I thought it would be a fun way to create plant markers for the garden by using small food containers as forms.

I will undoubtedly be trying this in my own garden.

How about you?  Have you ever created your own step stones or border?

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I have two exciting new items to share with you…

The first is that my daughter, Rachele, graduated from her Navy Seabee school today.

She texted me a photo of her wearing her “Seabee Greens” for the first time.  The Navy camouflage uniform is gray and blue, but when you are a “Seabee” you get to wear green.

I shared it on my facebook page if you would like to see it.

Rachele is coming home this weekend after 5 months away of training.  Then she will be off to Mississippi for a month for more schooling (Expeditionary Combat Skills).

The best news is that she is going to be stationed in CA, just a 1/2 hour away from where I grew up!

For my second bit of news, I will share with you next time, but I’ll give you a hint – it involves television cameras…  

You’ll never guess what I made this Christmas tree out of…

A tomato cage, mini-white Christmas lights and a hair band is all that it took to create this festive Christmas tree.

I brought out my tomato cages and grabbed some Christmas lights and took the hair band out of my hair 😉

I used the hair band to wrap the top of the tomato cage.  Then all I had to do was to begin wrapping lights around the cage, starting from the bottom.  

This is what it look like when I was finished.

I decided to use them in my vegetable gardens since I can see them from the house.

My son, Kai, had fun helping me get all the lights up and connected.

Before we connected the lights, Kai said “This is like the movie Christmas Vacation just before the plug in the lights.”

I must say that I am so happy with how they look.

I liked it so much that I did the same thing in my other vegetable garden…

Who knew that a tomato cage could turn into something so beautiful?

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How about you?

Have you ever transformed an everyday object into a holiday decoration?

I love decorating for fall and so I always grow some pumpkins in my garden.

But, I must admit that I also use a few ‘faux’ pumpkins as well when I decorate.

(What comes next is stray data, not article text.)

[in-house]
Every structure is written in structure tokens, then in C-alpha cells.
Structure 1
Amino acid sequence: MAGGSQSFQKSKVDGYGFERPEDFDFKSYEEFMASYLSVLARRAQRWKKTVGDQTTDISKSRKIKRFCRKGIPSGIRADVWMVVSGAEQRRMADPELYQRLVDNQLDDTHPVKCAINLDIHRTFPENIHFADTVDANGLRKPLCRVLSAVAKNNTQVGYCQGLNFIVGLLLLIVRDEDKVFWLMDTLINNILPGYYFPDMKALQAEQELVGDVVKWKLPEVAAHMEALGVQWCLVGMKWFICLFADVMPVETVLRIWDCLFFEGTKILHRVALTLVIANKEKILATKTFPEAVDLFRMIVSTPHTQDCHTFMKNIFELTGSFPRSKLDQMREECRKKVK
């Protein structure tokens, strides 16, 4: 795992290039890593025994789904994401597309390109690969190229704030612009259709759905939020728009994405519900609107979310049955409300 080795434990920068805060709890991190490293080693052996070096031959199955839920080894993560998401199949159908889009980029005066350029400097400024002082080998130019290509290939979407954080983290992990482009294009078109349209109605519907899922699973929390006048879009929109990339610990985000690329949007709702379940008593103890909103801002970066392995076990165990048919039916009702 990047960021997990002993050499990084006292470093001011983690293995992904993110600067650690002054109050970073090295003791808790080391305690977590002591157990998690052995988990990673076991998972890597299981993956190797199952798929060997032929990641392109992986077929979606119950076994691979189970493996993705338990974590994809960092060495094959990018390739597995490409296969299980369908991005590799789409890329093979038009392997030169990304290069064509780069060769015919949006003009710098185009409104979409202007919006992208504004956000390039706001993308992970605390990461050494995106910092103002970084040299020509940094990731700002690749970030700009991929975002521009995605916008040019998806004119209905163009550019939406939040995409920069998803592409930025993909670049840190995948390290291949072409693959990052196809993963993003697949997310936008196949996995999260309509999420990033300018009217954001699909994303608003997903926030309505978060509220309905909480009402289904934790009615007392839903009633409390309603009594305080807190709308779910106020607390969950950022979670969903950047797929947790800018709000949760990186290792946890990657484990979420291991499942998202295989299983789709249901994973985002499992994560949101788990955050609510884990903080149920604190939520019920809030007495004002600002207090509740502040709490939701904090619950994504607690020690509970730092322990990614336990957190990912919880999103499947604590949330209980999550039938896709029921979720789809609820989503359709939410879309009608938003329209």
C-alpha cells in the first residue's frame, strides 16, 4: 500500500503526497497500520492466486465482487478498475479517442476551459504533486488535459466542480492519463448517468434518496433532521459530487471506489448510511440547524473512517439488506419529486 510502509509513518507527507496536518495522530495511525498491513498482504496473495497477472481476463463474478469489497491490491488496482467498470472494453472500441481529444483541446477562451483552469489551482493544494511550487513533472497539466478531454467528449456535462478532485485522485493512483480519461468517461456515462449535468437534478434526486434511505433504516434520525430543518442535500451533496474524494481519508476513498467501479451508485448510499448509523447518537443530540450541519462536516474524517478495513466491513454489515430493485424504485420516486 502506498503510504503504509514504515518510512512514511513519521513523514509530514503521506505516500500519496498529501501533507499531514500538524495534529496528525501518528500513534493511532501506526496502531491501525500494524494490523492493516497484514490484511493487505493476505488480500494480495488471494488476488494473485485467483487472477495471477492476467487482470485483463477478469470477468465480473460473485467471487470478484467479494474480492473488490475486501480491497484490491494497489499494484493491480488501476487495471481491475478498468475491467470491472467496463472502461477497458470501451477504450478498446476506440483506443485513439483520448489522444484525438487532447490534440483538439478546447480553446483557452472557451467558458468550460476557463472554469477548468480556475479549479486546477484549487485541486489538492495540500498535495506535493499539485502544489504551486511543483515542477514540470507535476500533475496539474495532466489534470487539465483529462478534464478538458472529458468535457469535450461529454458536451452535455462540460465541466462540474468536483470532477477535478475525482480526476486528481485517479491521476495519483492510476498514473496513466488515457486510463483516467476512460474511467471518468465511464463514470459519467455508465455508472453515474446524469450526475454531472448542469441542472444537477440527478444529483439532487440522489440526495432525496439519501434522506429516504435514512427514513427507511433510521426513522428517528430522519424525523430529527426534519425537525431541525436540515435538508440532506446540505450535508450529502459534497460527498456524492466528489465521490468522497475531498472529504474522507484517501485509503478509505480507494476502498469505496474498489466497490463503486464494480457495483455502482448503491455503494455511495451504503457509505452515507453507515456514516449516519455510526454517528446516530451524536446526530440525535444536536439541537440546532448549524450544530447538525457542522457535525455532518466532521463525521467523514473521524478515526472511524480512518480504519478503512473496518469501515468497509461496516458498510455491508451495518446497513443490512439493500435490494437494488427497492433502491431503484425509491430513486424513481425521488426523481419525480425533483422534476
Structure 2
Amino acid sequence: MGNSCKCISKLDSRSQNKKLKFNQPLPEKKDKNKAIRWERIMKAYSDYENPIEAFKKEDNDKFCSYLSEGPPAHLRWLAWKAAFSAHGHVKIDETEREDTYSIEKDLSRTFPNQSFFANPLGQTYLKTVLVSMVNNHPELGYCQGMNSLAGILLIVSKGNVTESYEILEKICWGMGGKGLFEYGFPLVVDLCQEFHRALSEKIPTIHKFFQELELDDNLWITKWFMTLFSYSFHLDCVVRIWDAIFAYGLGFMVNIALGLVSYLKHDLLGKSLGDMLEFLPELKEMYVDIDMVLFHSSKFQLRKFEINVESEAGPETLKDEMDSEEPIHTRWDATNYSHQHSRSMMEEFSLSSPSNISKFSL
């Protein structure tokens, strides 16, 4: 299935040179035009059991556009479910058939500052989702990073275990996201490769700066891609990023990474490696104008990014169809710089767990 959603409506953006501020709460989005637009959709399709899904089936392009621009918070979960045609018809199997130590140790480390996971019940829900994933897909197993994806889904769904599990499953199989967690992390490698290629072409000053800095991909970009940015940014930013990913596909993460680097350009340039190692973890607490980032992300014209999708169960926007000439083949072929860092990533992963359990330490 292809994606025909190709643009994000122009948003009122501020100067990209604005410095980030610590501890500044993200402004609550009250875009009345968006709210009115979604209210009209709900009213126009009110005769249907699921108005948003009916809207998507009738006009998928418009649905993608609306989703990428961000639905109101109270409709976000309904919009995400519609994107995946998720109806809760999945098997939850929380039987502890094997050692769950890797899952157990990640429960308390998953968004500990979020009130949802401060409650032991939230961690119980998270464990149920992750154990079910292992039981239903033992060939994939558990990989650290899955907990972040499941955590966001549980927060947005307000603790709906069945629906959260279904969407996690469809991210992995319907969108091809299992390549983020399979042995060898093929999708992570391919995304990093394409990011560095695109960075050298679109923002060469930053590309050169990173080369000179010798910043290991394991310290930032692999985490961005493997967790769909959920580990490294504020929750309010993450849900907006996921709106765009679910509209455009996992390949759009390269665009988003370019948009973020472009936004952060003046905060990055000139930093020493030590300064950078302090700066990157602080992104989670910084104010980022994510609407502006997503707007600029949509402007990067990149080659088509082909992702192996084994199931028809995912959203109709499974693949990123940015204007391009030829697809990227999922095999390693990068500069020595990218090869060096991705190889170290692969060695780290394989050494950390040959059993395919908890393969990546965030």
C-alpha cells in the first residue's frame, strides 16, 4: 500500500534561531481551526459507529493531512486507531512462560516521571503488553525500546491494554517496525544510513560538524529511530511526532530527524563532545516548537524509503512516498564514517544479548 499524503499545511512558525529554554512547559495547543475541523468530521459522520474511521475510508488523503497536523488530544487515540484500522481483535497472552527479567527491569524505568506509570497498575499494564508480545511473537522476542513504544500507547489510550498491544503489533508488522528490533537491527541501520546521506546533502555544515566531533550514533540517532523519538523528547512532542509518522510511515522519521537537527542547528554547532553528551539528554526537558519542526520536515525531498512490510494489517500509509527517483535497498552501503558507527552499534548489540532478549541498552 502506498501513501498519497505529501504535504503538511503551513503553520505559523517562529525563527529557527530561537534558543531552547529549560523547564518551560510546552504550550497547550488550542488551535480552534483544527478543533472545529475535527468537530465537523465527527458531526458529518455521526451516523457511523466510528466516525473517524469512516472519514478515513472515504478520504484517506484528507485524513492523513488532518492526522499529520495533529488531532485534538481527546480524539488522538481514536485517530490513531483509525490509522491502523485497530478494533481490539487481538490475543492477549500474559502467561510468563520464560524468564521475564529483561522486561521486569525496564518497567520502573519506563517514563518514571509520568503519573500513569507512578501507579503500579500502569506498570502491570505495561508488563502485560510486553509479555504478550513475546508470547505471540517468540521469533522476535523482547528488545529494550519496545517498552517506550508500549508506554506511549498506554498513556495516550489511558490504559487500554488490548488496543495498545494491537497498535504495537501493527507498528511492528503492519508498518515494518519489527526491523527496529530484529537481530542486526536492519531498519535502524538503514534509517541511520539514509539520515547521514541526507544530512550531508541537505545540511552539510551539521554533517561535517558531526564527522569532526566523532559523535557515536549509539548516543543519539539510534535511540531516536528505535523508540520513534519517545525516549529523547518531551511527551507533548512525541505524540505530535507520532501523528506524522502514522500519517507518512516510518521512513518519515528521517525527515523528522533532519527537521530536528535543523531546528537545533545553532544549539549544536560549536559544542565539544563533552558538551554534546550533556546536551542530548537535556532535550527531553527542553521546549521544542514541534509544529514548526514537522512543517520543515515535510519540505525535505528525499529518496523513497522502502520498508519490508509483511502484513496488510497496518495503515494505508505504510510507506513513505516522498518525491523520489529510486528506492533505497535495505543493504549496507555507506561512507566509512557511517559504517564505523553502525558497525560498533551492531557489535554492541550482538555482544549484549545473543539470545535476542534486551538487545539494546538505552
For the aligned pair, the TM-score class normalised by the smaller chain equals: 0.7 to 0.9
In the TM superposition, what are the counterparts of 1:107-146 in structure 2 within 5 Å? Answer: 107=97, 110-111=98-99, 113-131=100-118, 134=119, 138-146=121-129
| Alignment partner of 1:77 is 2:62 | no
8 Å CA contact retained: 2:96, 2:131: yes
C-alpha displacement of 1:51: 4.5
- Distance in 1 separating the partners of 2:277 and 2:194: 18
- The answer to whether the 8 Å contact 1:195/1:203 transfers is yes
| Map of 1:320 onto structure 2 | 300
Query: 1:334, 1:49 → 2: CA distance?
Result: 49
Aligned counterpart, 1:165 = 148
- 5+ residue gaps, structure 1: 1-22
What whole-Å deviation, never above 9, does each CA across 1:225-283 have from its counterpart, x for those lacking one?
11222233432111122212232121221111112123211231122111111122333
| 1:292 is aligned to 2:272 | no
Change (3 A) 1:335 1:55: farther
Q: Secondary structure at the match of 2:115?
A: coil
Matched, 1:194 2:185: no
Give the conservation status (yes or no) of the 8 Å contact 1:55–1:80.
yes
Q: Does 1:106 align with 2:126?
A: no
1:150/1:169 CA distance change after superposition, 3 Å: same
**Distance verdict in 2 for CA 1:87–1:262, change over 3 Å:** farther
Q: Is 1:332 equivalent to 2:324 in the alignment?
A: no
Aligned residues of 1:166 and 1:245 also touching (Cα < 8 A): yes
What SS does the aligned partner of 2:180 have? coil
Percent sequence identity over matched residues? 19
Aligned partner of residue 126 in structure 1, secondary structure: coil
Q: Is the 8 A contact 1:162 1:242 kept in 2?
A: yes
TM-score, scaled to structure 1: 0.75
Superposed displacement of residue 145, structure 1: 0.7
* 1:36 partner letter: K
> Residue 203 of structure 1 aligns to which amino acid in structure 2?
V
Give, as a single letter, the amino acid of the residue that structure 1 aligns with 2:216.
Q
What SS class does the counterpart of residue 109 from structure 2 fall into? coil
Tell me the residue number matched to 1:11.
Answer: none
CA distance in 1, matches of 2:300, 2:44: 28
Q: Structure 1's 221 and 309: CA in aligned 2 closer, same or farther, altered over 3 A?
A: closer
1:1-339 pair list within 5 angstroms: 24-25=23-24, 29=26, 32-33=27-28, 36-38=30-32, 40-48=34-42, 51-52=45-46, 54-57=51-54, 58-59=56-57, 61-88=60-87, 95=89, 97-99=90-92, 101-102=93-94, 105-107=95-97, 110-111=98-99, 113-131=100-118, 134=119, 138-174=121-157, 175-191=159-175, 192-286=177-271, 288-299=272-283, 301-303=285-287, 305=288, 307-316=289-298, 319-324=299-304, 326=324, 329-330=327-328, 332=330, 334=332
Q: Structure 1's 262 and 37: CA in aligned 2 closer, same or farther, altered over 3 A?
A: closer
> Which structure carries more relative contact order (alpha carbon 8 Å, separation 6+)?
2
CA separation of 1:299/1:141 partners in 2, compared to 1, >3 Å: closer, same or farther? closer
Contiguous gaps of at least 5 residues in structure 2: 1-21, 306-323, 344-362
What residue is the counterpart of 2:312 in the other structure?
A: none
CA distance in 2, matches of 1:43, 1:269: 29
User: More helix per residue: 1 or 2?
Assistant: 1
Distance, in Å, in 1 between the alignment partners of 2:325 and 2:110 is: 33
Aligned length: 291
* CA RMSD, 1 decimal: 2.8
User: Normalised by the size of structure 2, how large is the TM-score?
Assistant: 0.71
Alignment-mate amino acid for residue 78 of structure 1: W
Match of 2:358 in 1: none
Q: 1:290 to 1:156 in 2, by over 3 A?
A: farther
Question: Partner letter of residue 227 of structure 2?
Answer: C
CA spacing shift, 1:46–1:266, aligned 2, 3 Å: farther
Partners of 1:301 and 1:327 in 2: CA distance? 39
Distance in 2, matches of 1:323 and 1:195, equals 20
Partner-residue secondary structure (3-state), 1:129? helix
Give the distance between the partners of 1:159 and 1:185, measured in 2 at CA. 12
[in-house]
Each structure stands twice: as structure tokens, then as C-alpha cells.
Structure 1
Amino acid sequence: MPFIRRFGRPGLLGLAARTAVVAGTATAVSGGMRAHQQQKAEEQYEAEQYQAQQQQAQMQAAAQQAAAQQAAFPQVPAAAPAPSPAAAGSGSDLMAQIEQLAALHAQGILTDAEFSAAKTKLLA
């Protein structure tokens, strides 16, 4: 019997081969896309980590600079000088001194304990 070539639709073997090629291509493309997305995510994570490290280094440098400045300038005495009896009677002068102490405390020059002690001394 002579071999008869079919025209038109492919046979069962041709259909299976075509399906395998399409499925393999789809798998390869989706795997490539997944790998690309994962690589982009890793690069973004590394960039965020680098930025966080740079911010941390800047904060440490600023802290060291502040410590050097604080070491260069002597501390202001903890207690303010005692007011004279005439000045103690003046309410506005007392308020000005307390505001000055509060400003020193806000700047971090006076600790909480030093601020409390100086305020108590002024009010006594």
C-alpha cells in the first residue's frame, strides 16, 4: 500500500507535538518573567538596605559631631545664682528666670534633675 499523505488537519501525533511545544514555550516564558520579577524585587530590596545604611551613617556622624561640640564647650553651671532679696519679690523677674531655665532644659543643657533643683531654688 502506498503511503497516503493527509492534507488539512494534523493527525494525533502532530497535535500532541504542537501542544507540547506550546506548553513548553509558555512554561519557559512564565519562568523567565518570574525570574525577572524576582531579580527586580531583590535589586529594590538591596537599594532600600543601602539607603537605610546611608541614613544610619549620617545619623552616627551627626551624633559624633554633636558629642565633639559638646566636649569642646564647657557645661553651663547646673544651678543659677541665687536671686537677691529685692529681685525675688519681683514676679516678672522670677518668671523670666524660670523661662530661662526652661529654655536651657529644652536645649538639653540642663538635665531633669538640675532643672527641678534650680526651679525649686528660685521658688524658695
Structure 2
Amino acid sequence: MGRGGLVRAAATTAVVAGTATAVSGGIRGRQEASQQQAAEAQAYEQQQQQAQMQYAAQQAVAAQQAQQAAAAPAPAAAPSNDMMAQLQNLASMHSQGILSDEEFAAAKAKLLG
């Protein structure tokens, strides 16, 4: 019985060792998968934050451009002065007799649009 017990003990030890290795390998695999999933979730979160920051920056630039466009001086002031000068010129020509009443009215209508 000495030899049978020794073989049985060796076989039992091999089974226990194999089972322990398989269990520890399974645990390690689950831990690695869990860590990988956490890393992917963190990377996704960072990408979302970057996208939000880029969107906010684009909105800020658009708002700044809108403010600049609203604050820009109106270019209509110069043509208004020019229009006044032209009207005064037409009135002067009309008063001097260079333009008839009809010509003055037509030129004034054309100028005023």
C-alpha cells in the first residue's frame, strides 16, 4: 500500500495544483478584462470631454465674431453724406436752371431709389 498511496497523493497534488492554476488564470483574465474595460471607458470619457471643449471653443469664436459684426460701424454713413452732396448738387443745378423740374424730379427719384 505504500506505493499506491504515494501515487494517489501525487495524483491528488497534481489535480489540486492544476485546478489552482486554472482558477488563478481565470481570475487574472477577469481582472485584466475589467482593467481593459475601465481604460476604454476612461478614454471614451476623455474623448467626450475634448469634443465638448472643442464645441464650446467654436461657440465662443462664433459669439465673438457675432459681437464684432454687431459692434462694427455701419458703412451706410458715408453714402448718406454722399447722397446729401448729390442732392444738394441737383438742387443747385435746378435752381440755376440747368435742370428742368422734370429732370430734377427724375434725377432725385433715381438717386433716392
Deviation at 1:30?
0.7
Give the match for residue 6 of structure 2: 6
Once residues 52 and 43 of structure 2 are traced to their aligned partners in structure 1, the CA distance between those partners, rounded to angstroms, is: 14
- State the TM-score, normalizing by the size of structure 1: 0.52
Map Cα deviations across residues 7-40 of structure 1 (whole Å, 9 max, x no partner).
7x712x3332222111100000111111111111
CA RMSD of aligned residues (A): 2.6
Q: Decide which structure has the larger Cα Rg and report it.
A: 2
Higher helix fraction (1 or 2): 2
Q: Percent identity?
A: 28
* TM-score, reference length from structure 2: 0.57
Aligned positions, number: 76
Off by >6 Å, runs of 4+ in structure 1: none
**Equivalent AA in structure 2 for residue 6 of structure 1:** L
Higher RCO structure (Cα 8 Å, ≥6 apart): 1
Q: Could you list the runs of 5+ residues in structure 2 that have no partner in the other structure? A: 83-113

This year, I am very excited to be hosting our family’s annual Halloween party.  Mostly because we have the best neighborhood for trick-or-treating.

So, I have been trying to add to my Halloween decorations.  I visited our local craft store to buy a few extra ‘faux’ pumpkins and was shocked at how expensive they have become.  Even with a coupon, I left the store without buying any.

I went online to look at other options and maybe how to make a pumpkin.  After a bit of research – I decided to make paper mache pumpkins.

All it took was beach balls, twine, newspaper, flour, water, spray paint and a little piece of tree branch.

It all starts with a beach ball tied with twine.  You will need someone to help you hold the knot down with their finger as you tie it.

Gather 1-inch wide newspaper strips.

Prepare your paper-mache mix (1 part flour to 2 parts water).  It’s optional to add 1 teaspoon cinnamon to mask the ‘paper mache’ smell and 1 teaspoon salt which helps keep mold from forming on the paper mache.

 Mix together.  Add a single strip of newspaper to the paper-mache mixture and then gently wipe off the excess paper-mache mixture.

Apply strips to beach ball, overlapping.  Tear the strips to whatever size you need.

Allow to dry.  This will take longer in more humid areas.  I used a fan to help speed up the process.

Apply a total of 4 layers, allowing them to dry after applying each layer.

Paint with black spray paint and let dry.  This keeps the black and white colors of the newspaper from showing through the colored spray paint later.

Then spray paint with either orange or off-white paint.  (I used 2 coats).

Using a glue gun, glue a 1-inch piece of a tree branch for the stem. 

Finished!!!

I am very happy with the results.

Although you can’t carve them – you can paint on a ‘jack-o-lantern’ face or just leave them plain.

It did take a couple of days to finish, factoring in the drying time.  Paper mache can be a bit messy, so I recommend wearing an apron and covering your work surface with plastic trash bags.

I hope you try it!

**Update – I made these paper mache pumpkins four years ago and they still look great!

Feel free to ‘Pin’ the image above to your Pinterest!

Did you know that you can kill weeds with ingredients that you probably already have in your cupboard?

Wouldn’t it be great to be able to make your own ‘natural’ weed-killer that is organic and much cheaper then buying weed-killers?

Well, here is all you need…

Believe it or not, vinegar, dish soap and a spray bottle are all you need to make an effective weed killer.  You have these things already, don’t you?

I had known that vinegar  and soap could kill weeds, but had never tried it before.  So, I set out to prove that it worked in my own garden.

First, I took photos of a few of my weeds…

I must admit that it felt kind of funny taking pictures of ‘weeds’.  My neighbor thought so too 😉   I sprayed each weed with my vinegar and soap mixture and waited 24 hours.